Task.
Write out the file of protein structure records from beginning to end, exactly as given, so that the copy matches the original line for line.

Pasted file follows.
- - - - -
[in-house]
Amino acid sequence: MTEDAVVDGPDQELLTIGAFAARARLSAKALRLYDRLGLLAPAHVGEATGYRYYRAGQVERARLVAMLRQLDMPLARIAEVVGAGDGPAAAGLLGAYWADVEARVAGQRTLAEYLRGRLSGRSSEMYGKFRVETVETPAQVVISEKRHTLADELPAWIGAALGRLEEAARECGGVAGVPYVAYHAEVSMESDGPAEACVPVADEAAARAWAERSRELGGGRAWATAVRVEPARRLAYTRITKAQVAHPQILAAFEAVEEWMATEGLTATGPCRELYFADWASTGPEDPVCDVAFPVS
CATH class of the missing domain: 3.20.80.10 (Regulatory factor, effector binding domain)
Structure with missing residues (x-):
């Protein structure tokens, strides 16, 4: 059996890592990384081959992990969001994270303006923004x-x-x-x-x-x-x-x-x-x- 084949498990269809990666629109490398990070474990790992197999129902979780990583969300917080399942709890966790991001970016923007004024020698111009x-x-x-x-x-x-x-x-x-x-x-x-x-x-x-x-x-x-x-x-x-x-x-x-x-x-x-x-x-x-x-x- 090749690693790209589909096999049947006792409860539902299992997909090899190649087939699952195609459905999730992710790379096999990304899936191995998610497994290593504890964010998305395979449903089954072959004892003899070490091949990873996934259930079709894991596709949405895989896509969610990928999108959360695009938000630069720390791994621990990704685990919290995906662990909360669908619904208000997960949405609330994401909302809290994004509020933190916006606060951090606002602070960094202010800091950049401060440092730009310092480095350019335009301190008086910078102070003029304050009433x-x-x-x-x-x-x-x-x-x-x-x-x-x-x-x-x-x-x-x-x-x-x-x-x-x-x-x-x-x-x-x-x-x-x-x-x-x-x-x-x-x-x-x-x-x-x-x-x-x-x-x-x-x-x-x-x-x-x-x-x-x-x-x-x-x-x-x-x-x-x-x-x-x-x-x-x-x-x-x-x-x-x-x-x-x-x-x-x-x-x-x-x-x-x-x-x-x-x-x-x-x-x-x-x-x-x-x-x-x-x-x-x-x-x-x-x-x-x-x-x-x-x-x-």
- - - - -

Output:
[in-house]
Amino acid sequence: MTEDAVVDGPDQELLTIGAFAARARLSAKALRLYDRLGLLAPAHVGEATGYRYYRAGQVERARLVAMLRQLDMPLARIAEVVGAGDGPAAAGLLGAYWADVEARVAGQRTLAEYLRGRLSGRSSEMYGKFRVETVETPAQVVISEKRHTLADELPAWIGAALGRLEEAARECGGVAGVPYVAYHAEVSMESDGPAEACVPVADEAAARAWAERSRELGGGRAWATAVRVEPARRLAYTRITKAQVAHPQILAAFEAVEEWMATEGLTATGPCRELYFADWASTGPEDPVCDVAFPVS
CATH class of the missing domain: 3.20.80.10 (Regulatory factor, effector binding domain)
Structure with missing residues (x-):
């Protein structure tokens, strides 16, 4: 059996890592990384081959992990969001994270303006923004x-x-x-x-x-x-x-x-x-x- 084949498990269809990666629109490398990070474990790992197999129902979780990583969300917080399942709890966790991001970016923007004024020698111009x-x-x-x-x-x-x-x-x-x-x-x-x-x-x-x-x-x-x-x-x-x-x-x-x-x-x-x-x-x-x-x- 090749690693790209589909096999049947006792409860539902299992997909090899190649087939699952195609459905999730992710790379096999990304899936191995998610497994290593504890964010998305395979449903089954072959004892003899070490091949990873996934259930079709894991596709949405895989896509969610990928999108959360695009938000630069720390791994621990990704685990919290995906662990909360669908619904208000997960949405609330994401909302809290994004509020933190916006606060951090606002602070960094202010800091950049401060440092730009310092480095350019335009301190008086910078102070003029304050009433x-x-x-x-x-x-x-x-x-x-x-x-x-x-x-x-x-x-x-x-x-x-x-x-x-x-x-x-x-x-x-x-x-x-x-x-x-x-x-x-x-x-x-x-x-x-x-x-x-x-x-x-x-x-x-x-x-x-x-x-x-x-x-x-x-x-x-x-x-x-x-x-x-x-x-x-x-x-x-x-x-x-x-x-x-x-x-x-x-x-x-x-x-x-x-x-x-x-x-x-x-x-x-x-x-x-x-x-x-x-x-x-x-x-x-x-x-x-x-x-x-x-x-x-």